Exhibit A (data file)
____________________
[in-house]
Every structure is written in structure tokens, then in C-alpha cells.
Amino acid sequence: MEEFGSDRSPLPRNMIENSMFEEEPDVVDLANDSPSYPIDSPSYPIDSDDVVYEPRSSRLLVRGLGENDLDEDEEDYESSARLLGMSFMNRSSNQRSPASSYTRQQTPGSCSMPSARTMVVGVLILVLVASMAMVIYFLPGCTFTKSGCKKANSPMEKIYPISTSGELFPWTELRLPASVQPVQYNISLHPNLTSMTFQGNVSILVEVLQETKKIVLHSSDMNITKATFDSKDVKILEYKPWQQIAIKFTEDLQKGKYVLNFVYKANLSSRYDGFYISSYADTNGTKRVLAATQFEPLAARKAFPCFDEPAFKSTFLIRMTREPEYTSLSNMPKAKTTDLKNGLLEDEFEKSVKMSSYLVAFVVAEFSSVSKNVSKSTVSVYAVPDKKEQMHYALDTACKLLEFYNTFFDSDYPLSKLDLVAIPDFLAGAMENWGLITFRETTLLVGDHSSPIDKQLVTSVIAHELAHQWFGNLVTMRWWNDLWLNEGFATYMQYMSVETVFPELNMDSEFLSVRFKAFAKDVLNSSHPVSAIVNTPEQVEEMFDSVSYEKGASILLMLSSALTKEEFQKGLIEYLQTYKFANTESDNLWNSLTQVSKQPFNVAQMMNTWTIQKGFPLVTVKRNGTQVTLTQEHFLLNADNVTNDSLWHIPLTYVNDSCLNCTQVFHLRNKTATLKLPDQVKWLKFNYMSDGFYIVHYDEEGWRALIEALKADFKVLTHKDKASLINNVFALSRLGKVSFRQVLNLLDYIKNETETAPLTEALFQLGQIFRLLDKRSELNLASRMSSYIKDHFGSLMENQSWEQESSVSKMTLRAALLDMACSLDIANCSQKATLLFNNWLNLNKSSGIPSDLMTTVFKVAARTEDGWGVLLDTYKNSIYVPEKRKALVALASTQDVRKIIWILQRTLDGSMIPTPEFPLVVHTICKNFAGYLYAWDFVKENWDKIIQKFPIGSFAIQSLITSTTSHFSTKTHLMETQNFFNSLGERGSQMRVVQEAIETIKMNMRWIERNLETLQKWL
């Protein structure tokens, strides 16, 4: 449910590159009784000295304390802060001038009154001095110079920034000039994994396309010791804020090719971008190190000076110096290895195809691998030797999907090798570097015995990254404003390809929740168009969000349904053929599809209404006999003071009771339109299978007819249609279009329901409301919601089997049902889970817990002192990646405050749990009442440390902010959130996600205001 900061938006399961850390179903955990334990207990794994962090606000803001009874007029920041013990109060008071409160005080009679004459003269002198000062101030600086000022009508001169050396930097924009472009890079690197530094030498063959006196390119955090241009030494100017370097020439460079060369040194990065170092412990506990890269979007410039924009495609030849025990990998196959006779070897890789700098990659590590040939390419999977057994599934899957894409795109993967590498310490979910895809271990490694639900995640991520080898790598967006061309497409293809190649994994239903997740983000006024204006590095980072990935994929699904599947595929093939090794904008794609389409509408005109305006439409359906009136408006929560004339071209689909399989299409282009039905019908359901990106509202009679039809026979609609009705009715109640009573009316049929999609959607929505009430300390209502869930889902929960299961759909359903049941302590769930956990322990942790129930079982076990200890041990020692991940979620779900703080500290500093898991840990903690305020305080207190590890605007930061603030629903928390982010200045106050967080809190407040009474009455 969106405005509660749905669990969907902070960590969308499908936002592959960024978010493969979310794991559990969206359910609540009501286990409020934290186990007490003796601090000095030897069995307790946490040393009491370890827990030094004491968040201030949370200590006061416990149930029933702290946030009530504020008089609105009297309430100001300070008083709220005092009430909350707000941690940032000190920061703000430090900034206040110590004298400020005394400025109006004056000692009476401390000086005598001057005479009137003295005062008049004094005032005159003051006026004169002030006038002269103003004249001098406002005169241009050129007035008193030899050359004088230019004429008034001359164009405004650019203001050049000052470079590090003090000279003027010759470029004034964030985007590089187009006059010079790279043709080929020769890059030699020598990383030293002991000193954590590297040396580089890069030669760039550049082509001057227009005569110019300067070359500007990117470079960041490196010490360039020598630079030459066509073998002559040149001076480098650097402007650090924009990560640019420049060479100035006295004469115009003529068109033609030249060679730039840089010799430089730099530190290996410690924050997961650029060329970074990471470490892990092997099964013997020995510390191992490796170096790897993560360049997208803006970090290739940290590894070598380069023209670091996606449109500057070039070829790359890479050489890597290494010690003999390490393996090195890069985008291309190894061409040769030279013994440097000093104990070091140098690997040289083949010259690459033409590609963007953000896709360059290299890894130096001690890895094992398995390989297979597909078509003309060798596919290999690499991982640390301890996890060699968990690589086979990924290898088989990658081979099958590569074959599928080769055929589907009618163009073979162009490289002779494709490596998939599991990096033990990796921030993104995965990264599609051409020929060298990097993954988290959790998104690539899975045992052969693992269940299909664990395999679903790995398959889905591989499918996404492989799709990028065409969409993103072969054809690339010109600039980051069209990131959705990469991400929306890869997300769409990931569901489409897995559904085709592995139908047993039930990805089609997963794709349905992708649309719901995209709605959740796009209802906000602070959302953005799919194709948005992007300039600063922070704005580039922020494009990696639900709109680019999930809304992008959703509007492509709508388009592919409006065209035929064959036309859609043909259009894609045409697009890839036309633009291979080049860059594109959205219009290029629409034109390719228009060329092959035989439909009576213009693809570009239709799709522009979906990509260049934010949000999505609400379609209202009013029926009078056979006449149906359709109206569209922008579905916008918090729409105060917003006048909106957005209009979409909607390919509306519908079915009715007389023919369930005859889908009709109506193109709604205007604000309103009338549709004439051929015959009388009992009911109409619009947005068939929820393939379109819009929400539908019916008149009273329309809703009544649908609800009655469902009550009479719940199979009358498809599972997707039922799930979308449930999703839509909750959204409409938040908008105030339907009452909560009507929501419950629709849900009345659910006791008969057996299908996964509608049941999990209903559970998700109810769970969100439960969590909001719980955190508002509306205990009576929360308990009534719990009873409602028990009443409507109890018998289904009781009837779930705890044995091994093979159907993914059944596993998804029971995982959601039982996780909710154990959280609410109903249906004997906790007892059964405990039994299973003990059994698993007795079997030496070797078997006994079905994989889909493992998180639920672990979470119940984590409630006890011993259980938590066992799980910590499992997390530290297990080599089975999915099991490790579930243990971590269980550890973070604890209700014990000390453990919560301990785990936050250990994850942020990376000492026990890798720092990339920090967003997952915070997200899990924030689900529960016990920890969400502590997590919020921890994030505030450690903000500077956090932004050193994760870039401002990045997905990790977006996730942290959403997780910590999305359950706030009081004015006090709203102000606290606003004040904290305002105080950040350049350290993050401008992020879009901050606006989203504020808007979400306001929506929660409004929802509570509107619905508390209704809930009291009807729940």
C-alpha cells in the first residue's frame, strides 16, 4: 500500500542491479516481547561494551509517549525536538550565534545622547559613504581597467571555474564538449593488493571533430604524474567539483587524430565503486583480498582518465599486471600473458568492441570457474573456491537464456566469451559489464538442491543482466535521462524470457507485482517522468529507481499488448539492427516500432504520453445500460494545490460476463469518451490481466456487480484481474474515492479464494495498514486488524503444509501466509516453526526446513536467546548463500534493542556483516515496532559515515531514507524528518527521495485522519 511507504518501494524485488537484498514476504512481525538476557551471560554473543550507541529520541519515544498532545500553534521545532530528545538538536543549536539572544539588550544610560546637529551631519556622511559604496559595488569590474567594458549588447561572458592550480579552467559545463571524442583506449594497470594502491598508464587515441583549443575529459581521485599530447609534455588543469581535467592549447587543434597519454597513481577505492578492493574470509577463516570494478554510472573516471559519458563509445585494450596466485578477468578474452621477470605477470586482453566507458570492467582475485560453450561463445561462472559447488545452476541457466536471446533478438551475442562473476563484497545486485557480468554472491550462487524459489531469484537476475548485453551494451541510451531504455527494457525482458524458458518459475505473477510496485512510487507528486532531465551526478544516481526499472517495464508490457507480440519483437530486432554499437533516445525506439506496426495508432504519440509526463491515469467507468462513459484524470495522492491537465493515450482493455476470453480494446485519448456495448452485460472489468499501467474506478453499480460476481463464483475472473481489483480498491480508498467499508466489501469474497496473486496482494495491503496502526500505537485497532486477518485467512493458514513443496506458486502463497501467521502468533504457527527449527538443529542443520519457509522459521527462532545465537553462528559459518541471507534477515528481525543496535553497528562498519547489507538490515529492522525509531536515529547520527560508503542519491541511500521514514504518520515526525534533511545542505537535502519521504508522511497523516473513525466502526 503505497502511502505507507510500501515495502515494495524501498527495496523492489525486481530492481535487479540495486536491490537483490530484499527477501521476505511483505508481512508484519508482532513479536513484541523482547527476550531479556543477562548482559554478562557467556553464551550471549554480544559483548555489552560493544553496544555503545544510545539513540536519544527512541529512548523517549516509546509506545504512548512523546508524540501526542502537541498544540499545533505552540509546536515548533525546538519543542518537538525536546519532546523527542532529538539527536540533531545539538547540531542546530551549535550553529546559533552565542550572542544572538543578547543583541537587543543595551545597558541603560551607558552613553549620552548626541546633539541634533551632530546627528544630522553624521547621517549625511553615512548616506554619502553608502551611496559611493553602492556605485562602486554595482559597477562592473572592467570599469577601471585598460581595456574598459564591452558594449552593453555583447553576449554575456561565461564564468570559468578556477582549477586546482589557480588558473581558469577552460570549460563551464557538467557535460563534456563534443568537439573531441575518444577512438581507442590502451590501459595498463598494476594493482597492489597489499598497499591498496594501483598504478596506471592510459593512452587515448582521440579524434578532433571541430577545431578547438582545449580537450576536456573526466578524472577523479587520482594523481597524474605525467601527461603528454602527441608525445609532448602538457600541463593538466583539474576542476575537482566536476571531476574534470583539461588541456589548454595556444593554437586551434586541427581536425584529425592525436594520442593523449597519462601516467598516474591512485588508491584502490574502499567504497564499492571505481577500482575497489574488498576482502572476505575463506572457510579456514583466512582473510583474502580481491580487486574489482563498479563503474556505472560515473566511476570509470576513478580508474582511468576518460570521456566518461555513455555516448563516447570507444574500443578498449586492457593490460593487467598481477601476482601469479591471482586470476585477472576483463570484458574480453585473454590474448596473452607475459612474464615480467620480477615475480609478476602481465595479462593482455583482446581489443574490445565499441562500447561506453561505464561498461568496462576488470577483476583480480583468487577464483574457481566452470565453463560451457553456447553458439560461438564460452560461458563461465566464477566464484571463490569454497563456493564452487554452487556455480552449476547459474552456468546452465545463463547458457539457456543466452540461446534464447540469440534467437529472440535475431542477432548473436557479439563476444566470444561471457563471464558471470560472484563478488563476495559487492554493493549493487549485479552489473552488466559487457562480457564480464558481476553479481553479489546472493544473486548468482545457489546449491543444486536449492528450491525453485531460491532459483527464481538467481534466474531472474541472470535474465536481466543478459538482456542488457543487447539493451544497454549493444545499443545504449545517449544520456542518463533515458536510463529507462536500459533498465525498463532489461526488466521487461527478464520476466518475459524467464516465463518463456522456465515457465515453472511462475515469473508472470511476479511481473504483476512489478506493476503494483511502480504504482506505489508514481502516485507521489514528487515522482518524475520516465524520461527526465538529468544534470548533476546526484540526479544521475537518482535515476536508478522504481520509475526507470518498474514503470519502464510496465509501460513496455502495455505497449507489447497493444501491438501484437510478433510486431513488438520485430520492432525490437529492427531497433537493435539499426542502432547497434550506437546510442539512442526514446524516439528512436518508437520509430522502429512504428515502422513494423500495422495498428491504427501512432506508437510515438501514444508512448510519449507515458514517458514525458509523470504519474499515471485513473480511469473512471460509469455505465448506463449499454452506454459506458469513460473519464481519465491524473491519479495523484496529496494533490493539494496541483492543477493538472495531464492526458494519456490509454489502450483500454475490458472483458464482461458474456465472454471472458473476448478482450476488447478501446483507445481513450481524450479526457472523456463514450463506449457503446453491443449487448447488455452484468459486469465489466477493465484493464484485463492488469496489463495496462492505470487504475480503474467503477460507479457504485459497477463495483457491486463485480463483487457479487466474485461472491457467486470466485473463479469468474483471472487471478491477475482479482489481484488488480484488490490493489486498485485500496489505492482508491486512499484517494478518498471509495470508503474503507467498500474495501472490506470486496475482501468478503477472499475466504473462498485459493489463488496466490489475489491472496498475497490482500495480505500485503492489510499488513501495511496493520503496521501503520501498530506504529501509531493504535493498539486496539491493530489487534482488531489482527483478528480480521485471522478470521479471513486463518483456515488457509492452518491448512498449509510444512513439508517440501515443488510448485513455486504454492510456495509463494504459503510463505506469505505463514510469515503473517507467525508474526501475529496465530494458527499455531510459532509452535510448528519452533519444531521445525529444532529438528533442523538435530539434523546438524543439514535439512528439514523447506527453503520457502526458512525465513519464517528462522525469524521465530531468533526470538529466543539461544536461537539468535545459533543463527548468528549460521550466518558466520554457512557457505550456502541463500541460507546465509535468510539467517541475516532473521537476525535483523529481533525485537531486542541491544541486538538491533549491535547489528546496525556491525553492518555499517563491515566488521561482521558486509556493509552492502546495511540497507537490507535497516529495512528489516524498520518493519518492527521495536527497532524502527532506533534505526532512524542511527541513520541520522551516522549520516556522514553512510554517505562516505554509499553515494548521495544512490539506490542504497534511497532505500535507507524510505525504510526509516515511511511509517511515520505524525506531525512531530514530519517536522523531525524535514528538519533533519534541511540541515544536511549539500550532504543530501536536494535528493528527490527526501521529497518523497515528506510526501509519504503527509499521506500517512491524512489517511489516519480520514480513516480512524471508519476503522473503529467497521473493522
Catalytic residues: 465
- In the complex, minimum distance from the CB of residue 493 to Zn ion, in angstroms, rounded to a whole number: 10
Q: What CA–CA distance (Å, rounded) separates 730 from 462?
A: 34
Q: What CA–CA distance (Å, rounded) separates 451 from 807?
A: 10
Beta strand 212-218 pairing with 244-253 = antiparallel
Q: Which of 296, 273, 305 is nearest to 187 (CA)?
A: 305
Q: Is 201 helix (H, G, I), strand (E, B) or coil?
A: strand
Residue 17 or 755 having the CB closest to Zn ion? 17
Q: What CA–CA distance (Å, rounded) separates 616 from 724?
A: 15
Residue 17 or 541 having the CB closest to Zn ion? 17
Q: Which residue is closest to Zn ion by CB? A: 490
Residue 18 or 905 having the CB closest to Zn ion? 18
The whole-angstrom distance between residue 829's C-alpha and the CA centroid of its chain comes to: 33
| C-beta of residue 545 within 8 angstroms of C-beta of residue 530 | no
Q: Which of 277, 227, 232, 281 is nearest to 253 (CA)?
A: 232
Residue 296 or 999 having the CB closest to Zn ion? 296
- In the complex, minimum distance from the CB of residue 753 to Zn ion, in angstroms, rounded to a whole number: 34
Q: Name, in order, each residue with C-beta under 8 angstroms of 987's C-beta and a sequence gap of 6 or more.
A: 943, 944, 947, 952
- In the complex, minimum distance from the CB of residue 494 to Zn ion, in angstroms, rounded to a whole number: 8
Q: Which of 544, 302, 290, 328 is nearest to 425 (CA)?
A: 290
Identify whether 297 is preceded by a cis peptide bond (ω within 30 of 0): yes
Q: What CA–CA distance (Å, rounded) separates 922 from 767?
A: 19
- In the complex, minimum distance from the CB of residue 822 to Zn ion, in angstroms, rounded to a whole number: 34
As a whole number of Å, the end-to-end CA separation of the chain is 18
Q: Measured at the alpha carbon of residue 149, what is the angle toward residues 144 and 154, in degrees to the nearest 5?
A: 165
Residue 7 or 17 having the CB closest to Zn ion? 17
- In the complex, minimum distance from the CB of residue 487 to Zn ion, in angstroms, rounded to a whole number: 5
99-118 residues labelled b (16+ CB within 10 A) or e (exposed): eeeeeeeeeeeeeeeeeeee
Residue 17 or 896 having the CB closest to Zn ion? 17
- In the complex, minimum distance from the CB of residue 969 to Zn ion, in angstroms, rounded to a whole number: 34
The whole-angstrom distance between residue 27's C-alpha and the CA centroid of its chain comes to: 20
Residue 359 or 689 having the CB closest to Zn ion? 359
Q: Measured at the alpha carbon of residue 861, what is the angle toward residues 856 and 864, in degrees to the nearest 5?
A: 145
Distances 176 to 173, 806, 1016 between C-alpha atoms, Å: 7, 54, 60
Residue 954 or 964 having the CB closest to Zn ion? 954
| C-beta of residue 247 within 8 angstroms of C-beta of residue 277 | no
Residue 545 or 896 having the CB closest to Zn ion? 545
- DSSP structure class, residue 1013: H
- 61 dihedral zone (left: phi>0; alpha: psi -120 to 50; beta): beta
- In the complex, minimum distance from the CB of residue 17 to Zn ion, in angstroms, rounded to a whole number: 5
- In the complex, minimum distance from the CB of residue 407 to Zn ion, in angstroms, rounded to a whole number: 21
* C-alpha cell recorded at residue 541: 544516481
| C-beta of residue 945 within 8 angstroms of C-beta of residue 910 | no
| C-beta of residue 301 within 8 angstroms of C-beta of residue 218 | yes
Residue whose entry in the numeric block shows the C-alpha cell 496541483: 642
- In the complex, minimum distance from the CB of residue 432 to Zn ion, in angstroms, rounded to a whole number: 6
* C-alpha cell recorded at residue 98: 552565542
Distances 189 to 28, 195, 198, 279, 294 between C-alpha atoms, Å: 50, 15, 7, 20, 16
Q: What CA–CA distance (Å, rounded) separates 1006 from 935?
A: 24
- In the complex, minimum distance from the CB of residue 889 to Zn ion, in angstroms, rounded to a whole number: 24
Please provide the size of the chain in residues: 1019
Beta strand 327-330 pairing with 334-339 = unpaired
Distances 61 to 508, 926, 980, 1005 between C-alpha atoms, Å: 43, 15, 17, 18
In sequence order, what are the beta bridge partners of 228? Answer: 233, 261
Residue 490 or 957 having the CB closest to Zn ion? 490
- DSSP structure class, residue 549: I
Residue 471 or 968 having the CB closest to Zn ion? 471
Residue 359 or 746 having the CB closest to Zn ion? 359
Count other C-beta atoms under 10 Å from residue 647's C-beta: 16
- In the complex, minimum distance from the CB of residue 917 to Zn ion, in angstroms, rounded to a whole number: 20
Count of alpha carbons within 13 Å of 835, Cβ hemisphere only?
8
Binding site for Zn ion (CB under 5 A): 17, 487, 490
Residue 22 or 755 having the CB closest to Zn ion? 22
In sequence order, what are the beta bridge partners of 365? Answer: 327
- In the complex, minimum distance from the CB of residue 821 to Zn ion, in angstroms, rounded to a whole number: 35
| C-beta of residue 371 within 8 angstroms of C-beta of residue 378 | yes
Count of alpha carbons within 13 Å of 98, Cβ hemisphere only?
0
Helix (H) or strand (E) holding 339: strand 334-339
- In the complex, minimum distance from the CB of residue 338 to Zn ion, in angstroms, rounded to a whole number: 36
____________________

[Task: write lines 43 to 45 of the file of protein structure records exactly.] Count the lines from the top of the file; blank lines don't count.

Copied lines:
99-118 residues labelled b (16+ CB within 10 A) or e (exposed): eeeeeeeeeeeeeeeeeeee
Residue 17 or 896 having the CB closest to Zn ion? 17
- In the complex, minimum distance from the CB of residue 969 to Zn ion, in angstroms, rounded to a whole number: 34